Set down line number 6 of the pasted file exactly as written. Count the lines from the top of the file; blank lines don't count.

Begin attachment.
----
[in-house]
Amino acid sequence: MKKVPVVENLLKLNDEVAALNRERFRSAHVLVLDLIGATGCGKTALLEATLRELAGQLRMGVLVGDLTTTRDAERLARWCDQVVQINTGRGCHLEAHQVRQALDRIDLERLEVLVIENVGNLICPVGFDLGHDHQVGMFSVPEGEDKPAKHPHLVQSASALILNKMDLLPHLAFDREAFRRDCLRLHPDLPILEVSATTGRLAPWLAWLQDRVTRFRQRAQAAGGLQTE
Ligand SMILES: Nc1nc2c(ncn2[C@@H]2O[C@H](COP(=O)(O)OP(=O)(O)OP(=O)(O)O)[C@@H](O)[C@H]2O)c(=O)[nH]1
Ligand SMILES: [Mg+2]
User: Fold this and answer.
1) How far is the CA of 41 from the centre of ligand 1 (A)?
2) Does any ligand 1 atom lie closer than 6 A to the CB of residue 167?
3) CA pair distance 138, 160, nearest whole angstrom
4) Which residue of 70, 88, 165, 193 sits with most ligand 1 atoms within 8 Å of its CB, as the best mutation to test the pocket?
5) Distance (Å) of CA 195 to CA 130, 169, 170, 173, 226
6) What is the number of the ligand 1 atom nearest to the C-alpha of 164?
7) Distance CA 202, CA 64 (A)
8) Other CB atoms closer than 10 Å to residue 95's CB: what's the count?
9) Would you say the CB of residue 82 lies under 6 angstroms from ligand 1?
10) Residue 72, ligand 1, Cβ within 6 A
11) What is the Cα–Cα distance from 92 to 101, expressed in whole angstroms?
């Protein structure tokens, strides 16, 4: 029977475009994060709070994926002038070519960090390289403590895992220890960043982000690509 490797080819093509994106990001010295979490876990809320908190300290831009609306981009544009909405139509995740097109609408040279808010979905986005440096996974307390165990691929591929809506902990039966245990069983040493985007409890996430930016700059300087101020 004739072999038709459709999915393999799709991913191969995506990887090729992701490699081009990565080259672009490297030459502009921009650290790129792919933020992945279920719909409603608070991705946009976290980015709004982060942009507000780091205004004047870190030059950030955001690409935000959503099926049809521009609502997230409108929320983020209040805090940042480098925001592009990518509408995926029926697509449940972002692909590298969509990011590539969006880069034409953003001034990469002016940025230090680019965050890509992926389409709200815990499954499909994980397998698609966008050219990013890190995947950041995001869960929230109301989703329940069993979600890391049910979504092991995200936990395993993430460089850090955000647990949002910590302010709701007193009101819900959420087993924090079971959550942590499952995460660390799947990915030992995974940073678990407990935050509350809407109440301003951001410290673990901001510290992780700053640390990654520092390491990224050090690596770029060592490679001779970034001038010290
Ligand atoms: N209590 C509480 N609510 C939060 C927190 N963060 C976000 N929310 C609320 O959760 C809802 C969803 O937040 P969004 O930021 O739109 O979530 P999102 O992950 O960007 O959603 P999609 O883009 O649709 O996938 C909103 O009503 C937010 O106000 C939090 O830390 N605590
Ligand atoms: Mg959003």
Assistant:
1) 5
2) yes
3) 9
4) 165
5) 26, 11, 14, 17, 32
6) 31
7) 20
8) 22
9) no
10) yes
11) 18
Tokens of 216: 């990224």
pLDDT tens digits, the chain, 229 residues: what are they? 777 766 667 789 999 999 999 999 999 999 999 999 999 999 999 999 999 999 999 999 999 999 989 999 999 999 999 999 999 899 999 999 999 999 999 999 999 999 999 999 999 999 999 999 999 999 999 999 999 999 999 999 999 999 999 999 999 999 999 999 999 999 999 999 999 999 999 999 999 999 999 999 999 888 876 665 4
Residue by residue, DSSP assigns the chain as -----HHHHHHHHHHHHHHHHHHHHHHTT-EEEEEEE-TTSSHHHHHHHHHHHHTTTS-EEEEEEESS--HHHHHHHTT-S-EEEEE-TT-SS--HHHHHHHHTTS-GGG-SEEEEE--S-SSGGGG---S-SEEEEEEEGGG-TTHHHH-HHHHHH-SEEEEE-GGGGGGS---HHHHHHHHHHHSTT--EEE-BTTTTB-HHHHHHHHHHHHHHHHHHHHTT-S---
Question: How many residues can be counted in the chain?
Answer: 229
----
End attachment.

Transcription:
1) How far is the CA of 41 from the centre of ligand 1 (A)?